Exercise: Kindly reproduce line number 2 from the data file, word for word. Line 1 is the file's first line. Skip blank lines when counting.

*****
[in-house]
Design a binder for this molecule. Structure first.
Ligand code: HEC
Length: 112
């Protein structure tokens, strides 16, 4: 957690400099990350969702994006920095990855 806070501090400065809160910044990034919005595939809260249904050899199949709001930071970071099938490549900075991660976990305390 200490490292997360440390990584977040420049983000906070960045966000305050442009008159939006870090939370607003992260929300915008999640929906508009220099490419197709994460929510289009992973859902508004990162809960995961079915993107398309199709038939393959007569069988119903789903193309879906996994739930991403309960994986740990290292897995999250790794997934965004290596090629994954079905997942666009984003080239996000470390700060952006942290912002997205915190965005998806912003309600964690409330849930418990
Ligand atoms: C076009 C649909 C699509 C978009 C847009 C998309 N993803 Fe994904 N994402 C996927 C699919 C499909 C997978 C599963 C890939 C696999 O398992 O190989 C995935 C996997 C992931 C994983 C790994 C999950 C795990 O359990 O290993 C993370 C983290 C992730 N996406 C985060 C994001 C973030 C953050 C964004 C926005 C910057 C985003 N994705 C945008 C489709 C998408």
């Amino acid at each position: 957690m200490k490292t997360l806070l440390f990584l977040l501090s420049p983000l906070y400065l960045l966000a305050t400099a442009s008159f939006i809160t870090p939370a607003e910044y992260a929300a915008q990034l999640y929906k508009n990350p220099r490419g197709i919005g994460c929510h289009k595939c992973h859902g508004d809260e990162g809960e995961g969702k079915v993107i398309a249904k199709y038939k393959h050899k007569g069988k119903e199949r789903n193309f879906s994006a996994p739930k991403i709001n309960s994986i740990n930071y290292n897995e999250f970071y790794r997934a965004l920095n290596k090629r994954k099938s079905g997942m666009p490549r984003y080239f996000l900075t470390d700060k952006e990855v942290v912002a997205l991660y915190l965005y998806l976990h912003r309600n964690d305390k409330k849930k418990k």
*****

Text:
Design a binder for this molecule. Structure first.